In my opinion, the biggest limitation of this PC is the poor screen resolution (elaborated on below). If HP went for a 4k or even a 1440p display, they would have absolutely knocked it out of the park with this PC. As it stands right now, this PC is a somewhat strange combination of relatively high end consumer parts for an all-in-one PC (except for a graphics card), relatively high price, and low resolution screen. The parts selection for this PC seems geared towards productivity tasks and fast everyday usage, but the screen is severely limiting in my opinion. Although the screen is made by a good manufacturer (LG), the low resolution severely impairs it for heavy productivity usage -- you will not want to stare at this screen for many hours on end, even though the CPU is fast and the SSD makes for a snappy user experience. Yes, you can always hook up an external display to this, but that kind of defeats the purpose of an All-In-One PC doesn't it? Bottom line -- for productivity, I would recommend spending about half the cost of this PC on a much nicer screen, and the other half on a mini PC/NUC (or desktop depending on your available space) with an NVMe SSD, at least 16GB RAM, and an i3 CPU or better.

Another potential demographic I considered is media consumption and editing. For media consumption, this is perfectly adequate as long as you're not streaming 4K video, which is becoming more and more common these days (in that case, just sit much farther back from the screen and unless you have extremely good vision it won't appear pixelated). For media editing, I am not sure I can recommend this PC. The CPU, RAM, and SSD are adequate for most editing tasks, but again the screen is not ideal. For photo editing, I would absolutely want a higher resolution screen -- modern cameras are capable of far higher resolution than this screen, and given that the screen appears pixelated to me when sitting about 2ft away indicates it does not portray an accurate representation of the image your camera captured.

For basic video editing (such as GoPro or phone videos) this PC would likely be fine. Most cameras are capable of shooting in 4K these days, but many users still shoot in 1080P (this screen's resolution) for the space-saving attributes. In that case, this screen is perfectly fine, and the relatively quick CPU and SSD would prove beneficial here. However, keep in mind that if you're shooting 4K you will only be able to view a 1080P proof of your final edit. Also, there is no dedicated graphics card for extensive hardware encoding speedups. I tried using the Intel graphics to do some hardware encoding for some video exports, but it did not work well at all. I could probably tune it and find modified drivers to work better, but I decided it wasn't worth my time -- if you want to use hardware encoding, you really should be using a dedicated graphics card. You will not want to try grading, editing, exporting, etc. any RED camera footage on this PC, that's for sure!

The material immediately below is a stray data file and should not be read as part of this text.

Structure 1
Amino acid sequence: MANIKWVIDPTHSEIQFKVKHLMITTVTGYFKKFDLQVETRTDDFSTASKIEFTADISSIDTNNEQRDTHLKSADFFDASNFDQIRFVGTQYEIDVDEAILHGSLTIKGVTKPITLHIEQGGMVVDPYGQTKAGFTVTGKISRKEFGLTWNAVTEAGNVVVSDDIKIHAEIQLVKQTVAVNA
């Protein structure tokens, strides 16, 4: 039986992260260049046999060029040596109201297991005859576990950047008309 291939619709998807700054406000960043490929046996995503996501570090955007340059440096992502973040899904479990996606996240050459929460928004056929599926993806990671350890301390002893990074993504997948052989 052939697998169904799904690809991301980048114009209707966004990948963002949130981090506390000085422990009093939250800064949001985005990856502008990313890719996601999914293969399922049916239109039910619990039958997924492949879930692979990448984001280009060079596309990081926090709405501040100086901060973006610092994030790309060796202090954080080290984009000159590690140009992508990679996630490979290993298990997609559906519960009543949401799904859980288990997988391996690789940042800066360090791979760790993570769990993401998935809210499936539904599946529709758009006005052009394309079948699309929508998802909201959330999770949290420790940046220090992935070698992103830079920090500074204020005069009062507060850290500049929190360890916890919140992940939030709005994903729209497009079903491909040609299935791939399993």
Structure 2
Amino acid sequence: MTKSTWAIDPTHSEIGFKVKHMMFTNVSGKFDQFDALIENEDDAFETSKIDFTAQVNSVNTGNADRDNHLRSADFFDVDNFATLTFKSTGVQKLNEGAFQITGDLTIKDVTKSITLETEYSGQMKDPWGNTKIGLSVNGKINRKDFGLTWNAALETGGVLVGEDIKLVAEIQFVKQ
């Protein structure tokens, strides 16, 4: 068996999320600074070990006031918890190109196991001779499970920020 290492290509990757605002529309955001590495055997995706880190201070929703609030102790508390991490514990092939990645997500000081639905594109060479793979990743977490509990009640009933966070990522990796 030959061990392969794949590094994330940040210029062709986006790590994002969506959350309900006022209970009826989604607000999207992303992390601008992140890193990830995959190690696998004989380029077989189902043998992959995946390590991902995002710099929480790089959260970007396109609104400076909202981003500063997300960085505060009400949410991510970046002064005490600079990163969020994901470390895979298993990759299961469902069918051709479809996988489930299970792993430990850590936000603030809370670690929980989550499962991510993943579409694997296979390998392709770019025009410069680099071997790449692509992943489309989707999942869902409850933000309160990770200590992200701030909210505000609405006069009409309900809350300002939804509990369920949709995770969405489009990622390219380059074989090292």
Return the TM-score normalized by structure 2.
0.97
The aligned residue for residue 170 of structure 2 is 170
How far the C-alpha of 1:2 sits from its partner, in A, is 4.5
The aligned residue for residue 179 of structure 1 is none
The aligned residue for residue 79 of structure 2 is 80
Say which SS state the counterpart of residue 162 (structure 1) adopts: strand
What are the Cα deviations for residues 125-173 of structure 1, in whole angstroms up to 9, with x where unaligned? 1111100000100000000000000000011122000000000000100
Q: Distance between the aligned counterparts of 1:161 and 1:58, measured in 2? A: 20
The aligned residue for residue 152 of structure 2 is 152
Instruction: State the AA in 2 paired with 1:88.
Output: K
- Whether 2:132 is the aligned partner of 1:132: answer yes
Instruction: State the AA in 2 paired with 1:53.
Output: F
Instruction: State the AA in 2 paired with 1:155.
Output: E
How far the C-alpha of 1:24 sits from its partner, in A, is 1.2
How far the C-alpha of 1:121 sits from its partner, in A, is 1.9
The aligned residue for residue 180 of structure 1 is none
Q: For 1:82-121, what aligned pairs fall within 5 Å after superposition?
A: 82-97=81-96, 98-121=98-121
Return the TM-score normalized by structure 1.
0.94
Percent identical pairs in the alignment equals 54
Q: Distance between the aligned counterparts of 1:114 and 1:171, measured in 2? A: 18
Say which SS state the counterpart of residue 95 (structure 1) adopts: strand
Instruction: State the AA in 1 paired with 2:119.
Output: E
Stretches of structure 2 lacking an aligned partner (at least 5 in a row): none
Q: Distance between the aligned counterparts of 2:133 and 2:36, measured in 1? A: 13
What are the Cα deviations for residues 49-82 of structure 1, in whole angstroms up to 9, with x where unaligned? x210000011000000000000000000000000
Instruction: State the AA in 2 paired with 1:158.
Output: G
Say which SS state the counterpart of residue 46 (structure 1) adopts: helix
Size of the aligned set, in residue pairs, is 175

The type of media consumption/editing that could be done well on this PC could be done just as well on an iPad or Android or Windows Tablet, in my opinion. For productivity tasks, I think most people would be better off with either a different setup with a better screen, or a cheaper PC.

I picked up this PC intending to use it as a replacement for my current old Windows laptop, and I think it will work well for that. The rest of this review might seem highly critical of some potentially minor points -- my intention is to describe everything I've noticed about this PC so you can evaluate what matters for your personal use case and make an educated decision about whether or not this PC will fulfill your needs. If you found portions of this review helpful, I would appreciate if you mark it as "helpful".

There are some pluses and minuses here. The screen is made by LG, which is a plus in my book -- LG makes some excellent panels and is the OEM for many of the top monitor brands. This screen is also a touchscreen, which does work very well. The screen is glossy, which is not my preference for a computer, but I don't think they can make a nice capacitative touchscreen with a matte finish (I could be wrong here, but I've never seen one that I can recall). Many people like the way colors "pop" on a glossy screen, but I find it can easily get over-saturated and I prefer the more natural look from a matte screen (and the reduced reflections is nice as well). I have not gotten around to it yet, but I will be dialing in the screen with an xRite calibrator in the near future to see how accurately it can reproduce colors.